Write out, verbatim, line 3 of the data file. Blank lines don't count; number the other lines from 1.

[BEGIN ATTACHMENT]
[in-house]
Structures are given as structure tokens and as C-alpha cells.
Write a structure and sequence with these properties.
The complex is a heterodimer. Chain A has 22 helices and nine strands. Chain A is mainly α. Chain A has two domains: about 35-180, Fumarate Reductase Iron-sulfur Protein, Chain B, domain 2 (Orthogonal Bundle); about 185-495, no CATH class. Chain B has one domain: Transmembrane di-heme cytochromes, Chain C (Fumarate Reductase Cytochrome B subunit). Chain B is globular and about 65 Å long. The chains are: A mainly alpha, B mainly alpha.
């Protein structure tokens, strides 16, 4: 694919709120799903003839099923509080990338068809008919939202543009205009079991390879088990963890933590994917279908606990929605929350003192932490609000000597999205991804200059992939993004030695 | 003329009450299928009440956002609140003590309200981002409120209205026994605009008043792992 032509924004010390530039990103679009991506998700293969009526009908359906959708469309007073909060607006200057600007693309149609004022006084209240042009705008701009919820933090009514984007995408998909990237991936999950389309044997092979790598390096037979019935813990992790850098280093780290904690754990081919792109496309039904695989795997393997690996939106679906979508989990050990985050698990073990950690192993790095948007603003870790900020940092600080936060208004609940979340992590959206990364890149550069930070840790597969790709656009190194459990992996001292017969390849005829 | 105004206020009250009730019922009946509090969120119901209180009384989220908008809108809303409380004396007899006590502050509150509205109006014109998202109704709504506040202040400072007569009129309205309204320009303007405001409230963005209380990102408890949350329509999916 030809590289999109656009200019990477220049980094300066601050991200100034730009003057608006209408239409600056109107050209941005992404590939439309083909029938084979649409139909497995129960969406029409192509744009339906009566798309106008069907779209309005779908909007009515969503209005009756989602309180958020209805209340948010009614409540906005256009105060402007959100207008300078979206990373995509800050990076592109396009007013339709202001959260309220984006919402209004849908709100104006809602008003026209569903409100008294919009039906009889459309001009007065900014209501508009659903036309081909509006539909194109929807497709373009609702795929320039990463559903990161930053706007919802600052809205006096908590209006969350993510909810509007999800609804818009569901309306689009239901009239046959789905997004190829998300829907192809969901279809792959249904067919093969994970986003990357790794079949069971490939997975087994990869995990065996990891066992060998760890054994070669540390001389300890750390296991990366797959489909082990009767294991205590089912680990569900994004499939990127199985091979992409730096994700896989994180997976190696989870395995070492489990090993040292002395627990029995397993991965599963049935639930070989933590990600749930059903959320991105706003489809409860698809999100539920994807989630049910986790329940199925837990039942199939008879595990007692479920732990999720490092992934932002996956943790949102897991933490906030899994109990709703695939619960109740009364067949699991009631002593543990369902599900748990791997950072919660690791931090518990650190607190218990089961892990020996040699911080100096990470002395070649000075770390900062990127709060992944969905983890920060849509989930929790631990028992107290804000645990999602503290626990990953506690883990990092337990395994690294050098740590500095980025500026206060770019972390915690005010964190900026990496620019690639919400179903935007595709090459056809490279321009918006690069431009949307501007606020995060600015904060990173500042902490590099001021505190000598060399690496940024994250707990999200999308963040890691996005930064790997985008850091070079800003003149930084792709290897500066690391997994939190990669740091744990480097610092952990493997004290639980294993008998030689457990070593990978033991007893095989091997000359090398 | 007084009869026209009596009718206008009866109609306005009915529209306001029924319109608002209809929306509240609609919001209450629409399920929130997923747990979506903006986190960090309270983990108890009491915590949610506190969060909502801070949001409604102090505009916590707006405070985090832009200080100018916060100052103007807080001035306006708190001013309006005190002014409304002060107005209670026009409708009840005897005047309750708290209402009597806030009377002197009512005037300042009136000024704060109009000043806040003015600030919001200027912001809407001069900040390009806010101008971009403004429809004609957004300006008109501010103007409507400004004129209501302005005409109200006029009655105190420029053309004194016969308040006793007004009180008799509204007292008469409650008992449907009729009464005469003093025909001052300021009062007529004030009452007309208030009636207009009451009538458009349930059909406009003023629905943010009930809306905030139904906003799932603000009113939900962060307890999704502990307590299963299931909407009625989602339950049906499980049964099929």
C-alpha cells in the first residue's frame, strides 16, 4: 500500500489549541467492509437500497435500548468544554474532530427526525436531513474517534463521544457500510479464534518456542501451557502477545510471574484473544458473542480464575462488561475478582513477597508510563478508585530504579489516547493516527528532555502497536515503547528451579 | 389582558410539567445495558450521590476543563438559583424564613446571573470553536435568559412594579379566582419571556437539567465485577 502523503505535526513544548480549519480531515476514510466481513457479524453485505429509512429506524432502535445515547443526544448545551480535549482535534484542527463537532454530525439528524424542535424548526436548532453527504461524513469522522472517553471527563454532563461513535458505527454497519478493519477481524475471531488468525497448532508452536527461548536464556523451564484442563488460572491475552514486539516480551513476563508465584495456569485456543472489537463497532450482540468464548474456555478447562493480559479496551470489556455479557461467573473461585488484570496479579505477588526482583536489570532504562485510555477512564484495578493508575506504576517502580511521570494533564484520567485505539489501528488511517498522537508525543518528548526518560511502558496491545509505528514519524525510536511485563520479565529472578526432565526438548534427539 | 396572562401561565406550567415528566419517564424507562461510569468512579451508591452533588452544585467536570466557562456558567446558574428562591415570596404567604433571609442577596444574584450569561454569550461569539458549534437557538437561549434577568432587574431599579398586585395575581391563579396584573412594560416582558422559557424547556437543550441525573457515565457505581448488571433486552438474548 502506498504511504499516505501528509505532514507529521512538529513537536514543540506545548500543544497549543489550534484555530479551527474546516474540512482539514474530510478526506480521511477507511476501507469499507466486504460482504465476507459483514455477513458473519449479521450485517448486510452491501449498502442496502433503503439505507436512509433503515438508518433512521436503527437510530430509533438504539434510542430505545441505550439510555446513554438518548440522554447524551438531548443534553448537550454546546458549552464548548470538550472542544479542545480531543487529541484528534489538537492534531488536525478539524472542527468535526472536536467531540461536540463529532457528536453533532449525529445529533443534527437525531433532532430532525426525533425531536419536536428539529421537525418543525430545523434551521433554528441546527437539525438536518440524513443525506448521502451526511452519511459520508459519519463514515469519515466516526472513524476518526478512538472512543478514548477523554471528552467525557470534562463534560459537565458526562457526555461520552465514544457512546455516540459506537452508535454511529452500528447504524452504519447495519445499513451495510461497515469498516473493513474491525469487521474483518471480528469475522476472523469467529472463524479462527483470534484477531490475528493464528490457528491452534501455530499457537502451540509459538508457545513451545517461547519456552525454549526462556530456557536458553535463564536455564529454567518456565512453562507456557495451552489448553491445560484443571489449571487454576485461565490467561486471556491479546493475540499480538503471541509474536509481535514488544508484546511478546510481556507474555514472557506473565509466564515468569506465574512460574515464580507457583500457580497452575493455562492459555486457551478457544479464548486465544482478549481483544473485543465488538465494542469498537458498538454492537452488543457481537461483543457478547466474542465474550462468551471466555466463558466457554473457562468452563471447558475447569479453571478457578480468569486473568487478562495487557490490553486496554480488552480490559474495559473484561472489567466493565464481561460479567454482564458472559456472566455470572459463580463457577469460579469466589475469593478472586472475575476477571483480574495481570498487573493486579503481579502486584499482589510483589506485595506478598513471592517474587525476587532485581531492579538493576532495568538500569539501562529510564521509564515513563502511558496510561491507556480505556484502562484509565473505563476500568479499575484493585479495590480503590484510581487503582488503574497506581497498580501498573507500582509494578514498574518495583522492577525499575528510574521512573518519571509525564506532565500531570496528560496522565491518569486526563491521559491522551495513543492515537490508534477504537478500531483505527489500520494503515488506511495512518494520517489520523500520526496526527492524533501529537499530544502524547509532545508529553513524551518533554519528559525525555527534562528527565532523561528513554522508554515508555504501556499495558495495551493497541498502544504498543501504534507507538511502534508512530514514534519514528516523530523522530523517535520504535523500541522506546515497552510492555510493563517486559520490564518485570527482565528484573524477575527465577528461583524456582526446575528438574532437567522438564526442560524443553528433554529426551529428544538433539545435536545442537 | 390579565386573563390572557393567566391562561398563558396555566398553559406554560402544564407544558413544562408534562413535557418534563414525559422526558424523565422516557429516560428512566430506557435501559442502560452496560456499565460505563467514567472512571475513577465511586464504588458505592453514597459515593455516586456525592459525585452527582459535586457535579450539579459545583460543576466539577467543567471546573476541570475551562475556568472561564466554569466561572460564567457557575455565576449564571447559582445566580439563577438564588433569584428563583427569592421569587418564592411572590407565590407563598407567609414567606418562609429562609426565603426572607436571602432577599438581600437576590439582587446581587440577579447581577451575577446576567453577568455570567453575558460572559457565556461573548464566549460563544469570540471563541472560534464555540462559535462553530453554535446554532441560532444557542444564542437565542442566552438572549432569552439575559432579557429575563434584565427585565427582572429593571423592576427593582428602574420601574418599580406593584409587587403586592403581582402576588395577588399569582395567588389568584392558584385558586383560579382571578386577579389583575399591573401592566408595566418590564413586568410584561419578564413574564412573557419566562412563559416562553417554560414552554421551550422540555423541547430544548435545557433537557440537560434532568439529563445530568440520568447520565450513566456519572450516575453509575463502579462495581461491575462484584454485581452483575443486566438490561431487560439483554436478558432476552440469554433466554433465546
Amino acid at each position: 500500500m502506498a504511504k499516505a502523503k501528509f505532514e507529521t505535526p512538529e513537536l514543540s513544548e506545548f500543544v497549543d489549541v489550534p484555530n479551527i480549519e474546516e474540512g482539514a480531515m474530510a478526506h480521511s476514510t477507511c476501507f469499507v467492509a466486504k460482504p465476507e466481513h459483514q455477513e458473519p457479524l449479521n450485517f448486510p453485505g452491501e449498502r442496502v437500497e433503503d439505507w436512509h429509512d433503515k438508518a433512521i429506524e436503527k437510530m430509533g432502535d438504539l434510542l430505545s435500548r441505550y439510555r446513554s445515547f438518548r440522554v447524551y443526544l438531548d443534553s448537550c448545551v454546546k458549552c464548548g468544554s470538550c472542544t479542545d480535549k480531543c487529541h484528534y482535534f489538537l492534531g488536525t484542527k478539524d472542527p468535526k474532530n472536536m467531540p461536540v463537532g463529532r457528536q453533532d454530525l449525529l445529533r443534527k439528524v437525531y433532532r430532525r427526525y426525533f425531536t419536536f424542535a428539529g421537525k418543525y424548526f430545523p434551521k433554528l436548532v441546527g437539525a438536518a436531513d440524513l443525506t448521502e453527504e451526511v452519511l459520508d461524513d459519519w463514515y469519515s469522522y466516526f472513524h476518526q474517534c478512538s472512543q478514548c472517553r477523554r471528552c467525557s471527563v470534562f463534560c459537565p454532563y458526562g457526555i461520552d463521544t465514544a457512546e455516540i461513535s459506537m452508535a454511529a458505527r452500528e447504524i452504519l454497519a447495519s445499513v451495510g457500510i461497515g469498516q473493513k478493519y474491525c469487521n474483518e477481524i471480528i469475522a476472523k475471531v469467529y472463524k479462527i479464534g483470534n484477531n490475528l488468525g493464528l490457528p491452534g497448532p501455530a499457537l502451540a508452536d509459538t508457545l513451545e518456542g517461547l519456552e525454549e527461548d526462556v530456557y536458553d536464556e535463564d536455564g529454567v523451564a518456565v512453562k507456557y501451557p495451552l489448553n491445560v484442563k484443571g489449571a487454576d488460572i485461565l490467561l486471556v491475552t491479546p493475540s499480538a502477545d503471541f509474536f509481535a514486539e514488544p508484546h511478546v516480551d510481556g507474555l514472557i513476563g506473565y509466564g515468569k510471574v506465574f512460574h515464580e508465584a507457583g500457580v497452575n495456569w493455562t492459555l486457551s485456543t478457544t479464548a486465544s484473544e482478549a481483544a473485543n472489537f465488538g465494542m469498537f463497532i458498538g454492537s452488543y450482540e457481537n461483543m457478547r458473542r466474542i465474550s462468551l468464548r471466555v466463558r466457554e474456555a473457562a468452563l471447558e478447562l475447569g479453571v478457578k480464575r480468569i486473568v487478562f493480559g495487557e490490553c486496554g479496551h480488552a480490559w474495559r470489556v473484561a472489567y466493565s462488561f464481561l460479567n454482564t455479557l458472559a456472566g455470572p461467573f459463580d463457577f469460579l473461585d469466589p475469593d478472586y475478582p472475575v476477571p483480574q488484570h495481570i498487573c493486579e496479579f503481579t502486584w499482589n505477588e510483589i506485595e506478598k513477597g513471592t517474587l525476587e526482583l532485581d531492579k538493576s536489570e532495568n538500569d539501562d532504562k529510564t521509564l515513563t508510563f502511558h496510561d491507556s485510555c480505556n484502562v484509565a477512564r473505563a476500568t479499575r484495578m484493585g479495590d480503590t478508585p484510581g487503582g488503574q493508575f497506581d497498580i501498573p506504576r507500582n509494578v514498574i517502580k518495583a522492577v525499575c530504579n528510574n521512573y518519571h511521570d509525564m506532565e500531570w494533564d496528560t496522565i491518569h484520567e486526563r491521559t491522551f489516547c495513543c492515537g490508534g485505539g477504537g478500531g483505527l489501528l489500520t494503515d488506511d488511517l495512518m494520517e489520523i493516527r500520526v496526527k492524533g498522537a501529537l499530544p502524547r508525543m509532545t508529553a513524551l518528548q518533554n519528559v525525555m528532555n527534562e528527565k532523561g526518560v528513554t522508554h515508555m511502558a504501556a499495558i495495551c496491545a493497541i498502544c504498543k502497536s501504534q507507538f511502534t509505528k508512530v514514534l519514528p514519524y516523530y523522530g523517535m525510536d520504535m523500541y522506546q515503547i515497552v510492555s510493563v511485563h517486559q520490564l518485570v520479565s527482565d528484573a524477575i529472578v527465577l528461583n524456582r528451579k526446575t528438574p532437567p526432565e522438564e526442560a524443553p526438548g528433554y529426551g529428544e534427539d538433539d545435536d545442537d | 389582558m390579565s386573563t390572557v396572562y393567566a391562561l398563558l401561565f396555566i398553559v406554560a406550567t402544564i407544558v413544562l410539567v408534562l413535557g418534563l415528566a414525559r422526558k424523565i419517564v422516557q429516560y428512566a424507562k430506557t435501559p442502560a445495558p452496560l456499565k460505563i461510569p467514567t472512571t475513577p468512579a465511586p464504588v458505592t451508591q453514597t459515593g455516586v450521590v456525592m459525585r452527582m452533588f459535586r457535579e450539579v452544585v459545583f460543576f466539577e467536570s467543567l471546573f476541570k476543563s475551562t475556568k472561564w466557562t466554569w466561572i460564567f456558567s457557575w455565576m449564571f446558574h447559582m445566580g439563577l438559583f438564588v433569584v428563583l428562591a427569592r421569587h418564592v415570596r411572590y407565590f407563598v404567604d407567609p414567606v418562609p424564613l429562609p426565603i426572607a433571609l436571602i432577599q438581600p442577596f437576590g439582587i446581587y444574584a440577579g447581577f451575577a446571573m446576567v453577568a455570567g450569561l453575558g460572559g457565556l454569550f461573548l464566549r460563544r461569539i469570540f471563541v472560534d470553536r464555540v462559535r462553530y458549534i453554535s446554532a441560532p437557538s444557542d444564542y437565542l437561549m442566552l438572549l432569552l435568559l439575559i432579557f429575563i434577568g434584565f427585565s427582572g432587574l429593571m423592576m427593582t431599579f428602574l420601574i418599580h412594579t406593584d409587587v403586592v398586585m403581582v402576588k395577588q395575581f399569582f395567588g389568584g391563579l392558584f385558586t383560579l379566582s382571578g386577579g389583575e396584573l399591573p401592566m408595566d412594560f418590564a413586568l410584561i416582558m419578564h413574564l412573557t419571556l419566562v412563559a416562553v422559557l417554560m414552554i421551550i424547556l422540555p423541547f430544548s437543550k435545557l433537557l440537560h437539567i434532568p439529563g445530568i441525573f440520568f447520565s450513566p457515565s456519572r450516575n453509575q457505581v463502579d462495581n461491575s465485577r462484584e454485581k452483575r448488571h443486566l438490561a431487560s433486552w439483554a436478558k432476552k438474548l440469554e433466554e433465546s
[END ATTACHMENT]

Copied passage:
Write a structure and sequence with these properties.